Inuzuka has been awarded a University of Michigan Thurnau Professorship, the highest award for undergraduate teaching. Inuzuka is considered a pioneer in the design and implementation of community engagement courses. He has created courses that enable students to see first-hand the role art can play in social change.
At Michigan Tech, he will help students move beyond their perceived creative limitations in an open, brown bag luncheon discussion. He will share images of his diverse artwork to help lead the discussion. The event is free, and all are welcome, Monday, March 17, from 12 to 1:30 p.m., Walker 202.
Inuzuka will also meet with Michigan Tech students in courses such as Creative Ceramics, Art Appreciation and Creative Drawing.
He will discuss his current artistic endeavors, especially “Whaletown” Project, at a lecture free and open to the public on Tuesday, March 18, from 7 to 8 p.m. on at the U. J. Noblet Forestry Building G002.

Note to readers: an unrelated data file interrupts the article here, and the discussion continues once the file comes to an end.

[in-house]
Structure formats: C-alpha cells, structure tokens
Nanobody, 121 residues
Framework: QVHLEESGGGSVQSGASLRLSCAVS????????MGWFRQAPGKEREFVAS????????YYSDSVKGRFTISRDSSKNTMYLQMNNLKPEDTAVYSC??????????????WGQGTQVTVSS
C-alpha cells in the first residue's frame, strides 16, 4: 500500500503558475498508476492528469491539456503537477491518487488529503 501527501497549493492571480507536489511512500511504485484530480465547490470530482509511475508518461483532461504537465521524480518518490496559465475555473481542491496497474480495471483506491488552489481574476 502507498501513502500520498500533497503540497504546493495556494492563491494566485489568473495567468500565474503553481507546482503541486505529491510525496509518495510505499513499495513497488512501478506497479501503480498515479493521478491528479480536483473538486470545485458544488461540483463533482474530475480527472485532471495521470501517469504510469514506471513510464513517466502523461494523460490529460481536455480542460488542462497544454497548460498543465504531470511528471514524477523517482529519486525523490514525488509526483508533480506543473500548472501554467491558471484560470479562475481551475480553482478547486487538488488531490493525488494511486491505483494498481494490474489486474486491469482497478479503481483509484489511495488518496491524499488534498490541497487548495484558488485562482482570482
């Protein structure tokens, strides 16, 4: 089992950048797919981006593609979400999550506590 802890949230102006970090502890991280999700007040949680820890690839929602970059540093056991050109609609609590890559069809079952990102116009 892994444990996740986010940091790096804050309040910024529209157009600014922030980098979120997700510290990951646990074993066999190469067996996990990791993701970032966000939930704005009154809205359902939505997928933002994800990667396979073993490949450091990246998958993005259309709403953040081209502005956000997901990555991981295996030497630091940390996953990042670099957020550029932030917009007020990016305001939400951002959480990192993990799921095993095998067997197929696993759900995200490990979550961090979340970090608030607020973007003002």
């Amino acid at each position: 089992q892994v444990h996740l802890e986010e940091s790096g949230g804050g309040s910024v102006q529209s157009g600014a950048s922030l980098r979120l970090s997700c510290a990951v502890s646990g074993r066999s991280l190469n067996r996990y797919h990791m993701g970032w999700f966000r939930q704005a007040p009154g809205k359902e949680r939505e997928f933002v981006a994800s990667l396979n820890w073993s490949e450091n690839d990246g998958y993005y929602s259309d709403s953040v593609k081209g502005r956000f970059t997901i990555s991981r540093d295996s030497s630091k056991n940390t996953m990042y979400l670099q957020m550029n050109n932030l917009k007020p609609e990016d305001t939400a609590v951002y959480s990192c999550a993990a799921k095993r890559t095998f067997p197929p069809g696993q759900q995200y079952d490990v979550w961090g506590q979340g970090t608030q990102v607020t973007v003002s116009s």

Support for the visit comes from the Department of Visual and Performing Arts and the Michigan Council for the Arts and Cultural Affairs.
Telling his story through clay
Chronicling his journey as an artist, renowned ceramist Sadashi Inuzuka took students and others at Michigan Technological University from the first time he touched clay as a student in Vancouver until now during an open discussion Monday.
“The first time I touched clay, something went through my body and I said, ‘this is it.'” Inuzuka said. “I didn’t know anything about art but I knew I wanted to make something.”
Read more at the Mining Gazette, by Meagan Stilp.
Fall 2013 4.0
Kirby Paul R* SR SFAT
Nanney Matthew S* SR SFSD
Schumaker Courtney L* SR SFSD
Scott Jason A* JR SFET
Smith Eric E* FR SFSD
Fall 2013 3.50-3.99
Cecconi Nicholas J FR SFSD
Conran Thomas W SR SFSD
Flannery Alex R JR SFSD
Jaszczak Ben J SR SFSD
Moths Jonathan D SR SFAT
Pew Mason D JR SFSD
Postma Mark JR SFET